Using Geolocation in the Browser and with Hosted Services

Christian Heilman | December 15, 2010


If there is one thing that changed immensely in the last few years then it is that our users are not sitting in their own house in front of a stationary box any longer but are more and more using their systems on the go.

Smartphones, laptops, notebooks and sub-notebooks make it easy for us to be mobile and still do our jobs and 3G sticks and tethering over mobiles allow us to be online almost everywhere. Therefore it makes sense to give users information about where they are and what is around them. Match that with a sense of gaming and you have a success like Foursquare without much technical effort.

Ways to determine the geographical location of a user

There are a few ways to find out where a user is - a tried and true approach that yields OK results, a newer way supported in HTML5 capable browsers and checking the location of the user in social networks and location broker systems. In this article we will only cover the first two ways. The reason is that there are lots and lots of services to use - Twitter, Facebook, Google Places, Foursquare, Gowalla - and all of them have their own ways of giving you access.

Explaining all of them would take too long.

Going oldschool - reading the user's IP number

The oldest way to determine a user's geographical location is to check the IP number and use a service to turn the IP into a location. These services like MaxMind, IP info DB and GeoIP and bundled with Maps APIs are used in a lot of ways - the most common ones being fraud protection and localized ad display. If you find that ads on a web site talk about the location that you are currently in, that is what was used. Google also switches the interface automatically to the area that you are in right now which can be amazingly annoying. For example I've just been to Jordan and had a right-to-left Google to deal with.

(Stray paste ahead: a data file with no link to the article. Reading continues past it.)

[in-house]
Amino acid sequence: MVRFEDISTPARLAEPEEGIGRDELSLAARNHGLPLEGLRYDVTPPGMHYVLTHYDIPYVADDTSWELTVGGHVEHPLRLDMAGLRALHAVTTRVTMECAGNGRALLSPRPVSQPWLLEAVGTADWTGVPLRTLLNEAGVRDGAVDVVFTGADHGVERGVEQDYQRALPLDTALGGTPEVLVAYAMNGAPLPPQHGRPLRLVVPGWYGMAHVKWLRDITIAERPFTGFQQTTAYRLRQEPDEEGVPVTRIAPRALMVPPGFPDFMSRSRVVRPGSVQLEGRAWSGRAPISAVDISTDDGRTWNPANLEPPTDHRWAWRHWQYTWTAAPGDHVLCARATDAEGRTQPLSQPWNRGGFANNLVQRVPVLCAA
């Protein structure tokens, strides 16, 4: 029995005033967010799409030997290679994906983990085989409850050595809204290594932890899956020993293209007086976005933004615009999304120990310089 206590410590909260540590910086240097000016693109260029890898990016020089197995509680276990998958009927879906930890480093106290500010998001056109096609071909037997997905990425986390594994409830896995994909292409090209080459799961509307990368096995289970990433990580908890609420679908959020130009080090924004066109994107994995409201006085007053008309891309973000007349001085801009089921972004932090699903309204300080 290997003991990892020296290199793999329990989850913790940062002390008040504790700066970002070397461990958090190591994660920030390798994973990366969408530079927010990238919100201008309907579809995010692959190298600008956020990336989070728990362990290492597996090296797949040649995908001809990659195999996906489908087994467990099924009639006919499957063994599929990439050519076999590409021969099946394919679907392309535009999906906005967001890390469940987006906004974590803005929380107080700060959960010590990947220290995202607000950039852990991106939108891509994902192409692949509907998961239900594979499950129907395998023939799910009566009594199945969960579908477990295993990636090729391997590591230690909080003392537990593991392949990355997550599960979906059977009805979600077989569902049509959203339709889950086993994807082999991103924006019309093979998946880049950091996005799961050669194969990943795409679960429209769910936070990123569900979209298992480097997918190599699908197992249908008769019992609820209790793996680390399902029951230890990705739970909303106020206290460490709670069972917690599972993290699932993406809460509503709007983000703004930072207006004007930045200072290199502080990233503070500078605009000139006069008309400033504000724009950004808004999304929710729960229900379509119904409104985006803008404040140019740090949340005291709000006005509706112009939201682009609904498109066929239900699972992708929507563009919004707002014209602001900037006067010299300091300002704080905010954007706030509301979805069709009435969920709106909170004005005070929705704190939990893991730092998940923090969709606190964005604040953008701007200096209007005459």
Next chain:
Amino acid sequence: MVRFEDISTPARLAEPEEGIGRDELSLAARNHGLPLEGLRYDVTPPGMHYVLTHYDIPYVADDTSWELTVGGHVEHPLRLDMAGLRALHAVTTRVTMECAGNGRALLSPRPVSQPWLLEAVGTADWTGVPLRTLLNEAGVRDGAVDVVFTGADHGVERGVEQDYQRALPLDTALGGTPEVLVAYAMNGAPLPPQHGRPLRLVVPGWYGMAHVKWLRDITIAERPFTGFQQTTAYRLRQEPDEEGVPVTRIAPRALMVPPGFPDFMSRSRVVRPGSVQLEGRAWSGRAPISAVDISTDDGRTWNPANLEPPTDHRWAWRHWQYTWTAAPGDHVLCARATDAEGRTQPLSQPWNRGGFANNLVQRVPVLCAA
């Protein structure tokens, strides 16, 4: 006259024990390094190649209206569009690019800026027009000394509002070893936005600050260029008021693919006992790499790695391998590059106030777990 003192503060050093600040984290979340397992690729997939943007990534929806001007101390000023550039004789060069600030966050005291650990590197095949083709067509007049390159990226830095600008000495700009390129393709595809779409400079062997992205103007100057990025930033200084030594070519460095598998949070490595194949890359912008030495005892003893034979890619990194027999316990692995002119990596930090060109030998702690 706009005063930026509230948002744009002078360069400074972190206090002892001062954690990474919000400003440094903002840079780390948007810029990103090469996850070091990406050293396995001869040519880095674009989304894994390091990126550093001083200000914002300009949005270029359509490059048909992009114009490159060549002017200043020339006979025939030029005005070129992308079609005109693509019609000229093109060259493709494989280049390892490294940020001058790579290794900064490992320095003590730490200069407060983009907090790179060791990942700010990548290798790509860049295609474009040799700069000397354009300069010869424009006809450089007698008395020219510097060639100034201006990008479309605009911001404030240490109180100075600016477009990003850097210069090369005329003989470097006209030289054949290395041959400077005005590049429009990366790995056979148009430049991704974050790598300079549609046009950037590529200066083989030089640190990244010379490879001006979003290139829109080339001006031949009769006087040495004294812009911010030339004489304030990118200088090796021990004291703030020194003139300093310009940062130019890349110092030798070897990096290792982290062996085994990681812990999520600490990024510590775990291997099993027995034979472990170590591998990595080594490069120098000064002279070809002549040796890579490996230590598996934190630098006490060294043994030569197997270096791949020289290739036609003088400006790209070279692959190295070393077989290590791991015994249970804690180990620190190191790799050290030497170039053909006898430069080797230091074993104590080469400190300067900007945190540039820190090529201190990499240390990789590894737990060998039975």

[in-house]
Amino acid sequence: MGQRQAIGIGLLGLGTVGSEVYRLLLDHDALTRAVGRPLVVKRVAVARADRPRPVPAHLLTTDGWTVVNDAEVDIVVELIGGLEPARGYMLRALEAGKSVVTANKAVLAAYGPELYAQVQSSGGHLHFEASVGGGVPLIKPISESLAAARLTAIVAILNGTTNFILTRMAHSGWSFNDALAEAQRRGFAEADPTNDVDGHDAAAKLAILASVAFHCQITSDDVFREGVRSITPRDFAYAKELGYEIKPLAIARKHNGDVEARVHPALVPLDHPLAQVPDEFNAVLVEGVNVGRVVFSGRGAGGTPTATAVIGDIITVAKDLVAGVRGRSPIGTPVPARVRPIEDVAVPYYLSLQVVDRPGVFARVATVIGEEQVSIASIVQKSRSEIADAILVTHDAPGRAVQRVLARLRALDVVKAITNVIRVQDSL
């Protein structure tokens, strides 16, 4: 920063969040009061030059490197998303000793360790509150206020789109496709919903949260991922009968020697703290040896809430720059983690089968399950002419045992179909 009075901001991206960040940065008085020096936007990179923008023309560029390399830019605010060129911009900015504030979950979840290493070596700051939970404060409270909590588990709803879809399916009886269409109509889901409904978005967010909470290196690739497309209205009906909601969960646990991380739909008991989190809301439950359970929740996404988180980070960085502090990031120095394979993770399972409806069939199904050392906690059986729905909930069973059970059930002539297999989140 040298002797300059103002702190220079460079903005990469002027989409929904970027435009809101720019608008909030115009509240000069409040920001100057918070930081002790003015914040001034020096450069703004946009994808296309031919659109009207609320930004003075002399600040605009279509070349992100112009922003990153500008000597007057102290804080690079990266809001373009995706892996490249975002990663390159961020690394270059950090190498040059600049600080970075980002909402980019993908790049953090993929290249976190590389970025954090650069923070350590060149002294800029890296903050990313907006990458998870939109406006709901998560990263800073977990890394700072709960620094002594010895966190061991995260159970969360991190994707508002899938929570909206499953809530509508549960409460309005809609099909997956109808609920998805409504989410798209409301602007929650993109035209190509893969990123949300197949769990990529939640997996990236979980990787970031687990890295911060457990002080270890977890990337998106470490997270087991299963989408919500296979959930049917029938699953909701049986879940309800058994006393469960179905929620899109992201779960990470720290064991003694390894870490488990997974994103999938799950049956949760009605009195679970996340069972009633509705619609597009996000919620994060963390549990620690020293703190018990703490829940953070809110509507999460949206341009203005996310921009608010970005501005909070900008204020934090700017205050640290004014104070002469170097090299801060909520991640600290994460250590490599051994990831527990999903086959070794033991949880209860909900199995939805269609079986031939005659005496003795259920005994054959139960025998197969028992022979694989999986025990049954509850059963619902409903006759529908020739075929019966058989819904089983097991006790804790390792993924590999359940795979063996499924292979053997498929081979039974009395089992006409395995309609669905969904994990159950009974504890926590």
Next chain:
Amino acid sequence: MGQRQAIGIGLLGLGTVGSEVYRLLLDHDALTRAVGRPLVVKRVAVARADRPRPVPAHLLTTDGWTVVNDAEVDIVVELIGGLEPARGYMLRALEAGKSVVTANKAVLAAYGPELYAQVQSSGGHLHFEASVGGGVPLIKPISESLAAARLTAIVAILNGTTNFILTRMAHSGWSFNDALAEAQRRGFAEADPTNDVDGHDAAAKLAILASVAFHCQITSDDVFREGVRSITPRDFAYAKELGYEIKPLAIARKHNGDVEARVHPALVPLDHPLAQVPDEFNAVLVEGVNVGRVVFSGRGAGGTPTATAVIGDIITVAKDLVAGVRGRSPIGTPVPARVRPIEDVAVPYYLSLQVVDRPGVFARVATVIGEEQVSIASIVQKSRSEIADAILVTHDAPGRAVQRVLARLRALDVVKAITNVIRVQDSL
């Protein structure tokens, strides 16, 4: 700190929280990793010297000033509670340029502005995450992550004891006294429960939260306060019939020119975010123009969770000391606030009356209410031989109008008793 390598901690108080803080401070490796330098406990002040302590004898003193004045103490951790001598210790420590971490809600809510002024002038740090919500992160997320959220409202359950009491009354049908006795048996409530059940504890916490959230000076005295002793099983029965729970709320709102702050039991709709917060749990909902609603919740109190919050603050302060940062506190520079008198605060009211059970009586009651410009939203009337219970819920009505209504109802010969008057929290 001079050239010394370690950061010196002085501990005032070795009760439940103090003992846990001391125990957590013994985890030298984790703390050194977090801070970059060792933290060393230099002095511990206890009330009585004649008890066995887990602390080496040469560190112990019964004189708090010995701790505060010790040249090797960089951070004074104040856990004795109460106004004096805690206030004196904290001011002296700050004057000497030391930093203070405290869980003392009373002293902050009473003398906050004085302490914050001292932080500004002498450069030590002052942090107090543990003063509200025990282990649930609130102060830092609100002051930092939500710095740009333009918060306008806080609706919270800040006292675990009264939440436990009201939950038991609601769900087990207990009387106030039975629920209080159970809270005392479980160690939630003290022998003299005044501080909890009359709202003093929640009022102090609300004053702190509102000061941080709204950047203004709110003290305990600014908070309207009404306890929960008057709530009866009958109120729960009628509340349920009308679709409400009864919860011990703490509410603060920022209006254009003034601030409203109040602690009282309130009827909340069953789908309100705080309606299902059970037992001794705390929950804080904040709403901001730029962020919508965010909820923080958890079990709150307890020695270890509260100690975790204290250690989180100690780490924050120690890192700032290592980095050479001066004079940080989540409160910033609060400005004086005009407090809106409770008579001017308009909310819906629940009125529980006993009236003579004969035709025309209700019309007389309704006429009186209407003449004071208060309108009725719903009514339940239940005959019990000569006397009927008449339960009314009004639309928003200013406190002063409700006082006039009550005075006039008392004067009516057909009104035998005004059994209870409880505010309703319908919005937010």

Determining the location of an IP is dead easy - MaxMind offers a service and a prepackaged JavaScript to use.

<div id="loc"></div>
<script src=""></script>
var geodata = '<ul>' +
  '<li>Country Code: ' + geoip_country_code() + '</li>' +
  '<li>Country Name: ' + geoip_country_name() + '</li>' +
  '<li>City: ' + geoip_city() + '</li>' +
  '<li>Region: ' + geoip_region() + '</li>' +
  '<li>Region Name: ' + geoip_region_name() + '</li>' +
  '<li>Latitude: ' + geoip_latitude() + '</li>' +
  '<li>Longitude: ' + geoip_longitude() + '</li>' +
  '<li>Post code: ' + geoip_postal_code() + '</li>' +
document.getElementById('loc').innerHTML = geodata;

In my case, the result is the following:

  • Country Code: GB
  • Country Name: United Kingdom
  • City: London
  • Region: H9
  • Region Name: London, City of
  • Latitude: 51.5002
  • Longitude: -0.1262
  • Post code:

The issue with IP lookup is accuracy. Depending on the connection your IP could be miles away from you in the data center that connects you to the web. Users with access to a world-wide VPN can also easily spoof the IP by going through a server on the network (this allows you to watch BBC whilst you are in the US and Hulu whilst being in the UK, too, so geographical blocking of services is pretty much pointless). You can check the difference between your location and the location of your IP in Mozilla, Opera, Chrome and Safari by going to this site:

In my case the difference is 5 miles. Not too bad but if you really want to place me then this is not quite the ticket. It is also very dependent on the quality of the database you use - some IPs don't result in any location.